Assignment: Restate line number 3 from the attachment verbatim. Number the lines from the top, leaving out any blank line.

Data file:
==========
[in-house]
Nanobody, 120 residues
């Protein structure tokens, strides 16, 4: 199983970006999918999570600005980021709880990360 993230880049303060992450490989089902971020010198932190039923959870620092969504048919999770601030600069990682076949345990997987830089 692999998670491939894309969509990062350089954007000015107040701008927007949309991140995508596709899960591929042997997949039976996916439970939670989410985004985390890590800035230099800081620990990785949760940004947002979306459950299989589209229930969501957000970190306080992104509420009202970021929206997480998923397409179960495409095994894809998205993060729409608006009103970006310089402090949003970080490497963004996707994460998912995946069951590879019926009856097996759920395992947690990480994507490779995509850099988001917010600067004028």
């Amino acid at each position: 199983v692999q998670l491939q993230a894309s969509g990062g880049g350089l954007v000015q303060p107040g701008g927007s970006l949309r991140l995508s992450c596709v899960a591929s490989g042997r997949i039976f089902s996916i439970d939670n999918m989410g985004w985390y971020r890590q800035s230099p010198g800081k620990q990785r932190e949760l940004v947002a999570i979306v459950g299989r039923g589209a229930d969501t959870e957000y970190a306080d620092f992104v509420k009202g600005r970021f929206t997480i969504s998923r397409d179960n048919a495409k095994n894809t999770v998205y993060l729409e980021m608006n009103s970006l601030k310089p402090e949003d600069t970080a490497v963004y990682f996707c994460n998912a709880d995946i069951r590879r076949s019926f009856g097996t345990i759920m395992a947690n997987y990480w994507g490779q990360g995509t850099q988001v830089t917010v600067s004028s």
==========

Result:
């Protein structure tokens, strides 16, 4: 199983970006999918999570600005980021709880990360 993230880049303060992450490989089902971020010198932190039923959870620092969504048919999770601030600069990682076949345990997987830089 692999998670491939894309969509990062350089954007000015107040701008927007949309991140995508596709899960591929042997997949039976996916439970939670989410985004985390890590800035230099800081620990990785949760940004947002979306459950299989589209229930969501957000970190306080992104509420009202970021929206997480998923397409179960495409095994894809998205993060729409608006009103970006310089402090949003970080490497963004996707994460998912995946069951590879019926009856097996759920395992947690990480994507490779995509850099988001917010600067004028």